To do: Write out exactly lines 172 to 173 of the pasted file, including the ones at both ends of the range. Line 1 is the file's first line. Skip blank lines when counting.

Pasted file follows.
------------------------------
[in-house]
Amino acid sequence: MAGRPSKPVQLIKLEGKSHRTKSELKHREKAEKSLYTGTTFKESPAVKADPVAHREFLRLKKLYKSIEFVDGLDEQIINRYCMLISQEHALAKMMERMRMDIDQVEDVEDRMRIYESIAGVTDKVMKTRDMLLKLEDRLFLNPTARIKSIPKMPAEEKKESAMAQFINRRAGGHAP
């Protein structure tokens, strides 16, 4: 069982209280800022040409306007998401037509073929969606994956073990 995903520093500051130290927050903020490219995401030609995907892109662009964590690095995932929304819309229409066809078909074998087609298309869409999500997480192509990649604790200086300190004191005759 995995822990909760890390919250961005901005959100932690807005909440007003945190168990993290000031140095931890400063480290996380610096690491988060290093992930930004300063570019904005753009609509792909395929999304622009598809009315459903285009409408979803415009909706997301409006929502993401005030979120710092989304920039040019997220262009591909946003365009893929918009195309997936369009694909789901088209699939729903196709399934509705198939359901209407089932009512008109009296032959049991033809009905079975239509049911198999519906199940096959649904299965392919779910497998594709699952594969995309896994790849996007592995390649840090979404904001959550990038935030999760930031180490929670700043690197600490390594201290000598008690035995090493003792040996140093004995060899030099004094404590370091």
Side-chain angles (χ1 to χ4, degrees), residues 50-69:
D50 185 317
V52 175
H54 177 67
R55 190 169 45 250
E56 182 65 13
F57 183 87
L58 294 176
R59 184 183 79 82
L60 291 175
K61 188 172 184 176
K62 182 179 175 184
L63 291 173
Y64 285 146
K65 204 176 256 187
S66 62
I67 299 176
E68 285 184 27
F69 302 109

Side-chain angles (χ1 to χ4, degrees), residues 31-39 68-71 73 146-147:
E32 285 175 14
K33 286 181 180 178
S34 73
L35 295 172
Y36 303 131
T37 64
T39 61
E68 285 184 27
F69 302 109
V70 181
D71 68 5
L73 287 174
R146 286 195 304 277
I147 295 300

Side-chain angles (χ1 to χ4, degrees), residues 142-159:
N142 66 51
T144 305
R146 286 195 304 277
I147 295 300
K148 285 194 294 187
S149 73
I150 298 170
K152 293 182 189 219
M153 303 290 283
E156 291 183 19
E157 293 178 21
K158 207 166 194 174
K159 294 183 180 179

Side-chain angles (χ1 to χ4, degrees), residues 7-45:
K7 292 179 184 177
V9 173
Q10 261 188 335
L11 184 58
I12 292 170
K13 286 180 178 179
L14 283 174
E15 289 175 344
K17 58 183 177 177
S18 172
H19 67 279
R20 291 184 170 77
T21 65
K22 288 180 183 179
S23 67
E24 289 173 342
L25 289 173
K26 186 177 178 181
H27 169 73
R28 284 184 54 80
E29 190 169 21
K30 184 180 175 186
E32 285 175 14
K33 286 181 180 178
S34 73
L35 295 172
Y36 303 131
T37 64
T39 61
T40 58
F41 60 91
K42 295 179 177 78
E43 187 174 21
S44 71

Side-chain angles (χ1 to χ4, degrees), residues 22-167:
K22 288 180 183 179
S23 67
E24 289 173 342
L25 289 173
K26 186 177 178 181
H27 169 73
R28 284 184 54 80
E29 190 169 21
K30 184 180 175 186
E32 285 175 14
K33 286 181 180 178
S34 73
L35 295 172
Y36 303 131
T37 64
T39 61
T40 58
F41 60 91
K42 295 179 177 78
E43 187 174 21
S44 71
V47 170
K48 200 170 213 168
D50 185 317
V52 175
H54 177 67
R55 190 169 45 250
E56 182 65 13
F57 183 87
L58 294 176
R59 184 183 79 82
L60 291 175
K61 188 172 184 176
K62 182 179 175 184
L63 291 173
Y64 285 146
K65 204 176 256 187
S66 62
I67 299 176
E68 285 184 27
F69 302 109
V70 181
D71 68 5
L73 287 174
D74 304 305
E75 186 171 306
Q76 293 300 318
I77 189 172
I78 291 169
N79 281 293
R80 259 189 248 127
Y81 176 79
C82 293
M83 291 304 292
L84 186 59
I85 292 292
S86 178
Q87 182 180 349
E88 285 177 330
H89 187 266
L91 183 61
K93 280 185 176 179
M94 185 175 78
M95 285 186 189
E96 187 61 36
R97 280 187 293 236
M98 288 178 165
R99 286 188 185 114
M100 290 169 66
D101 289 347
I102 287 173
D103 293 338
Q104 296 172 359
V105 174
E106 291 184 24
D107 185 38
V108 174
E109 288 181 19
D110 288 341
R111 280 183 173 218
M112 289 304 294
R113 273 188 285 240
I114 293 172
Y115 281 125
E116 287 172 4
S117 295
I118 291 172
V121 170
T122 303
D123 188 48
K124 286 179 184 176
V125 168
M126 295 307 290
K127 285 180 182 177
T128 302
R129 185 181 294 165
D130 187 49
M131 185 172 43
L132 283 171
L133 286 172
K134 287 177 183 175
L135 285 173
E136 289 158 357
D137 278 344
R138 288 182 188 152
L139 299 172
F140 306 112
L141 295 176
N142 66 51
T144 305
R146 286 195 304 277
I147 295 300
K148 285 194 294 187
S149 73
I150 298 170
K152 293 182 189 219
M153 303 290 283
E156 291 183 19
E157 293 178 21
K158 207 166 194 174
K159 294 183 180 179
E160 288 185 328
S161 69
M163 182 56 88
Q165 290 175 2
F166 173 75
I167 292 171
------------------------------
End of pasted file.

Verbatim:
E116 287 172 4
S117 295